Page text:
Online course delivery completes a decades-long journey
Posted on Friday February 22nd 2013
By Mary McClintock, ’82
When Scott Macpherson started at Boston University in 1969, studying online existed in science fiction novels, not everyday life. This past summer, Scott completed his BU bachelor’s degree by taking an online course at GCC.
How did a GCC online course conclude Scott’s long journey to a bachelor’s degree?
Scott studied political science and economics at BU from 1969 to 1973 but was 14 credits short of a bachelor’s degree. Scott has worked in automotive parts management for many years and has lived in Sunderland since 2008. In 2005, Scott started taking evening accounting courses at GCC, wanting to shift careers.
Last spring, Scott became unemployed and decided to finish his bachelor’s degree. He asked BU if he could transfer GCC accounting credits toward his degree. BU agreed, but said Scott still needed two credits to complete the degree.
In May, having just started work as an accounts payable/bookkeeper for an auto dealership, Scott considered GCC’s summer course listings. Business and Economics Professor Thom Simmons’s online Macroeconomics course caught his eye. Scott thought a “big picture” course would balance out his very detailed accounting work. BU said if he successfully completed the Macroeconomics course, they would grant Scott his bachelor’s degree.
At 62 years of age, Scott started his first online course. Just as he had enjoyed and learned from on-site GCC classes, Scott appreciated the online course, saying “The class was very lively and productive. It helped me stay fresh with what’s happening now in the business world. Watching Thom in the videos, his presence really drew me in. He was very engaging. Like each professor I’ve had at GCC, Thom was responsive, supportive, and truly outstanding. Taking an online course was totally worth it. I got full value for my time and money.”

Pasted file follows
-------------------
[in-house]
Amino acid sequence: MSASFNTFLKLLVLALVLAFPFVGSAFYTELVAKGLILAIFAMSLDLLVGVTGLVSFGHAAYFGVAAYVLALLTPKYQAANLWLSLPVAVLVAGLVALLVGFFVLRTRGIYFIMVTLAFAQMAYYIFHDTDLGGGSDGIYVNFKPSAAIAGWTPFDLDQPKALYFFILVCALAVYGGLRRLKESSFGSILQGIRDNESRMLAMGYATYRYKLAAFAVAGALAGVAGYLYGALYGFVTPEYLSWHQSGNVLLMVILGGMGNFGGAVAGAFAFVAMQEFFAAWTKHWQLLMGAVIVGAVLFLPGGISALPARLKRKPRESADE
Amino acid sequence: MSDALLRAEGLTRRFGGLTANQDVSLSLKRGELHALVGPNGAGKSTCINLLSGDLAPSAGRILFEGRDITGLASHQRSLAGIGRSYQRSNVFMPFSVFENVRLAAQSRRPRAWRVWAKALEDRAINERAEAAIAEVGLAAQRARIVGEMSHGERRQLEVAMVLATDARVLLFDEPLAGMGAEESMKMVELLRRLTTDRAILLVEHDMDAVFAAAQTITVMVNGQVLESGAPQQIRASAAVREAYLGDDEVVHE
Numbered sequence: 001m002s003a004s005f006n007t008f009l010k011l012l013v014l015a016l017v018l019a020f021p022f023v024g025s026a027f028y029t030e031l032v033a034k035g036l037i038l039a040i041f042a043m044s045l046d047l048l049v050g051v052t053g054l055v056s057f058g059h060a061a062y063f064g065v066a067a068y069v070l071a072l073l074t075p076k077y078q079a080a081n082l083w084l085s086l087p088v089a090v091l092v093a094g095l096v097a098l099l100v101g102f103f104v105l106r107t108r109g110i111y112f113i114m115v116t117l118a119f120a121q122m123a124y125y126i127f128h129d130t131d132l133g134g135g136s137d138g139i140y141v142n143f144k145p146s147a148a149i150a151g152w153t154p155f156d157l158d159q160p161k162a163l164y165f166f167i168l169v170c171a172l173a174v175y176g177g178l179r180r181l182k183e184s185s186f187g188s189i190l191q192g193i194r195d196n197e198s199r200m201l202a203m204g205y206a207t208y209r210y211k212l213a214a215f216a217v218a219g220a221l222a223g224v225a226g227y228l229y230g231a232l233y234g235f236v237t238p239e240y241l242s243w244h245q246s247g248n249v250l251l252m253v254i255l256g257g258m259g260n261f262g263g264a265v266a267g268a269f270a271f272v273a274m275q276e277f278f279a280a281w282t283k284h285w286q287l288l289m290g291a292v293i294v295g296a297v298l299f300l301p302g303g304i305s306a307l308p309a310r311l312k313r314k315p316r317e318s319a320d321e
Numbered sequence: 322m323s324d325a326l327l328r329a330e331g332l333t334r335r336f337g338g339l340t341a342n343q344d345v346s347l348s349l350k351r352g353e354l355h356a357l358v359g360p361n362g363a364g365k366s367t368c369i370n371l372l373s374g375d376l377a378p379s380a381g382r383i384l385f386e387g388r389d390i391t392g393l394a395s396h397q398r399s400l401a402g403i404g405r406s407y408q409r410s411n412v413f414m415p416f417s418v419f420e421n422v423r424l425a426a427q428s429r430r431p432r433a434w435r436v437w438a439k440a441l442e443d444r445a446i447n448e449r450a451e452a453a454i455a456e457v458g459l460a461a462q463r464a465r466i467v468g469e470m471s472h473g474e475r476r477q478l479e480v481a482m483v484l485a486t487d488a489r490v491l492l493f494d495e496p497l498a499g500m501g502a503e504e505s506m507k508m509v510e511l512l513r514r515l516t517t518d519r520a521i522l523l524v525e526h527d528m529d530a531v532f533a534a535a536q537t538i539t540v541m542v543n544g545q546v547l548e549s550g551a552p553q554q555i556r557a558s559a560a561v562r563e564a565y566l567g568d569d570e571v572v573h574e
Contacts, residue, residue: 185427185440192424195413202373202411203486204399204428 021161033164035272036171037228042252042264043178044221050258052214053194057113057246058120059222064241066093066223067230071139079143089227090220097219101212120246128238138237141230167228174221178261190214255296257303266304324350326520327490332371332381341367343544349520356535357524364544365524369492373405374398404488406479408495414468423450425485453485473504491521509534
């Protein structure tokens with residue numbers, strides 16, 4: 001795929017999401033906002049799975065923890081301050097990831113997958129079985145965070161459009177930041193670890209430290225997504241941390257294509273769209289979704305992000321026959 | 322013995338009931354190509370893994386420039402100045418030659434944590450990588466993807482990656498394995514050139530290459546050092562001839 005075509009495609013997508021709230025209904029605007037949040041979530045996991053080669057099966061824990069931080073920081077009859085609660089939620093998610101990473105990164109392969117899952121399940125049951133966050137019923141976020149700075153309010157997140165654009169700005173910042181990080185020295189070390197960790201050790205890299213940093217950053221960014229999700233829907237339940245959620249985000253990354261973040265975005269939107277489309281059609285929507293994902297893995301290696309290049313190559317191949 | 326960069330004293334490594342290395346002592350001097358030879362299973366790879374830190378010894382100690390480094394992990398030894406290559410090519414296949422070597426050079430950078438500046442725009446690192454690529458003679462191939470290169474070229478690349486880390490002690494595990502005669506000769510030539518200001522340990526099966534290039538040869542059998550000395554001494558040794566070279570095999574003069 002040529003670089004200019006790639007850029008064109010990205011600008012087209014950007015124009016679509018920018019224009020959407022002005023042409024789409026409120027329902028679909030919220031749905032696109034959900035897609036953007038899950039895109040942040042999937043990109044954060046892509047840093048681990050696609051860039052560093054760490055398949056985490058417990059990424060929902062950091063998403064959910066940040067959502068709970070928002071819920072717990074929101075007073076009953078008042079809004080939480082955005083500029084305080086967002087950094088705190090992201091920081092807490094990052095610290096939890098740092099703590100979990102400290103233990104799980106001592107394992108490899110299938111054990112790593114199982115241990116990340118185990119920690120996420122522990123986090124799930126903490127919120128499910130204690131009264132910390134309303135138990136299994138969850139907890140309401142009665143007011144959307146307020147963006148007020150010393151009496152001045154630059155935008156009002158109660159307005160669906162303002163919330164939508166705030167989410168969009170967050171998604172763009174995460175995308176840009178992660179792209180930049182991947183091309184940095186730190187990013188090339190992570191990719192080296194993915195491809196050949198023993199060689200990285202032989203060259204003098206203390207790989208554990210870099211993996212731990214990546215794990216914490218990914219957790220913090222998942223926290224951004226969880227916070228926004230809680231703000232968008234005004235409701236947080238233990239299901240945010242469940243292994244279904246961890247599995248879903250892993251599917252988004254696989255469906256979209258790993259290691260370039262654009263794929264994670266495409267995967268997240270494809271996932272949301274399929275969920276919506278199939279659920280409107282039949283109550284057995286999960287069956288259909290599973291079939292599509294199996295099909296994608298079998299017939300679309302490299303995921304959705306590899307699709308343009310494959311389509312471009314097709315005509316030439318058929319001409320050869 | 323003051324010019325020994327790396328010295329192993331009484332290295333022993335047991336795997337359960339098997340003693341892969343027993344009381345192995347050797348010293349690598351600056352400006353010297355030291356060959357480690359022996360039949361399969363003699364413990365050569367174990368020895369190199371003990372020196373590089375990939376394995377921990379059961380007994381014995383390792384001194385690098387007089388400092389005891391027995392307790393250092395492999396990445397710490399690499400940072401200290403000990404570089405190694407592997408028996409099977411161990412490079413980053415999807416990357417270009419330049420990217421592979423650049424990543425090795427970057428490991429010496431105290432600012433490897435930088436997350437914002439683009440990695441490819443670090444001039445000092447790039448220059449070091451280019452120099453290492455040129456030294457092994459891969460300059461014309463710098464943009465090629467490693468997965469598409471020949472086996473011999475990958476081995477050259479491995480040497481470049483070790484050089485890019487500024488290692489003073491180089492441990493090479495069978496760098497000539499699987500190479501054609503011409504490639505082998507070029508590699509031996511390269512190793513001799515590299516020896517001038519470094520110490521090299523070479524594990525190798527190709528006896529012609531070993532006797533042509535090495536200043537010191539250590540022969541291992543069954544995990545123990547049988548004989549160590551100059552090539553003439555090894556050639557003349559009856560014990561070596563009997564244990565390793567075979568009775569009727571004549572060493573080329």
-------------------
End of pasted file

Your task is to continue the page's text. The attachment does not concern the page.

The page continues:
Scott is just one of many GCC students for whom studying online made the difference in completing their education. Thom said, “I have had students in the National Guard deployed to other countries continue their education through online classes. In the past year, I’ve delivered classes to GCC students stationed in Iraq, Afghanistan, Qatar, Jordan, Turkey, and Morocco who did not want to interrupt their education because of their military service.”
Online courses are more than just convenient. Thom said, “Online courses are great for any subject, but particularly important for students studying business. Doing business and conducting work online is the way the world operates. The skills used in taking online courses are important life skills for people entering the workforce. As the world continues to move in this direction, higher education must be there, especially those of us teaching business. I’m proud that GCC is right there with it.”
Commenting on GCC’s recognition of the importance of online courses, Sher Hruska, GCC’s Chief Academic and Student Affairs Officer, said, “GCC is engaged in a significant expansion of our online course offerings. Students will soon be able to complete the Liberal Arts – General Degree completely online. We approach online course delivery with a focus on course quality, student engagement and interaction in the courses, and student support services to make the online course experience a positive and useful one.”
To learn more about online courses at GCC, http://www.gcc.mass.edu/online